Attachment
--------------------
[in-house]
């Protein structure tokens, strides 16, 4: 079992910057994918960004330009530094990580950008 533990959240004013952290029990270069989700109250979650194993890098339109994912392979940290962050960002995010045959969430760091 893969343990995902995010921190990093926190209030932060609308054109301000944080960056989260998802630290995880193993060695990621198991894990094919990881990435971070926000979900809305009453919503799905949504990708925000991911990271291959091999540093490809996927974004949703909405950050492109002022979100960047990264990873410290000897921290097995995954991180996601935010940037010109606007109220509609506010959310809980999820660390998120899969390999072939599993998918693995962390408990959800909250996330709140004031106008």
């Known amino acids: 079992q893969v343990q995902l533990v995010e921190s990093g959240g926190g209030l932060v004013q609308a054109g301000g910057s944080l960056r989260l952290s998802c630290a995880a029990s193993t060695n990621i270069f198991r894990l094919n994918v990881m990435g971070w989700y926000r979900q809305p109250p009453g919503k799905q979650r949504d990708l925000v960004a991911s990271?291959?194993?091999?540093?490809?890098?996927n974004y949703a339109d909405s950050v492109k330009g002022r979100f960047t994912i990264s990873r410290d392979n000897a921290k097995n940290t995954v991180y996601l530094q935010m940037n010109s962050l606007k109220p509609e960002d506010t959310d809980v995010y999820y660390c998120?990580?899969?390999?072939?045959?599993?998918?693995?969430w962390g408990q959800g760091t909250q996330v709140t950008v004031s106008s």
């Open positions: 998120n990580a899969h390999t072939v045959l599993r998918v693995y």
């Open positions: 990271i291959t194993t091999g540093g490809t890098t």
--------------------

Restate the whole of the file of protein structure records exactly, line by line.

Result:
[in-house]
């Protein structure tokens, strides 16, 4: 079992910057994918960004330009530094990580950008 533990959240004013952290029990270069989700109250979650194993890098339109994912392979940290962050960002995010045959969430760091 893969343990995902995010921190990093926190209030932060609308054109301000944080960056989260998802630290995880193993060695990621198991894990094919990881990435971070926000979900809305009453919503799905949504990708925000991911990271291959091999540093490809996927974004949703909405950050492109002022979100960047990264990873410290000897921290097995995954991180996601935010940037010109606007109220509609506010959310809980999820660390998120899969390999072939599993998918693995962390408990959800909250996330709140004031106008």
């Known amino acids: 079992q893969v343990q995902l533990v995010e921190s990093g959240g926190g209030l932060v004013q609308a054109g301000g910057s944080l960056r989260l952290s998802c630290a995880a029990s193993t060695n990621i270069f198991r894990l094919n994918v990881m990435g971070w989700y926000r979900q809305p109250p009453g919503k799905q979650r949504d990708l925000v960004a991911s990271?291959?194993?091999?540093?490809?890098?996927n974004y949703a339109d909405s950050v492109k330009g002022r979100f960047t994912i990264s990873r410290d392979n000897a921290k097995n940290t995954v991180y996601l530094q935010m940037n010109s962050l606007k109220p509609e960002d506010t959310d809980v995010y999820y660390c998120?990580?899969?390999?072939?045959?599993?998918?693995?969430w962390g408990q959800g760091t909250q996330v709140t950008v004031s106008s």
């Open positions: 998120n990580a899969h390999t072939v045959l599993r998918v693995y």
């Open positions: 990271i291959t194993t091999g540093g490809t890098t």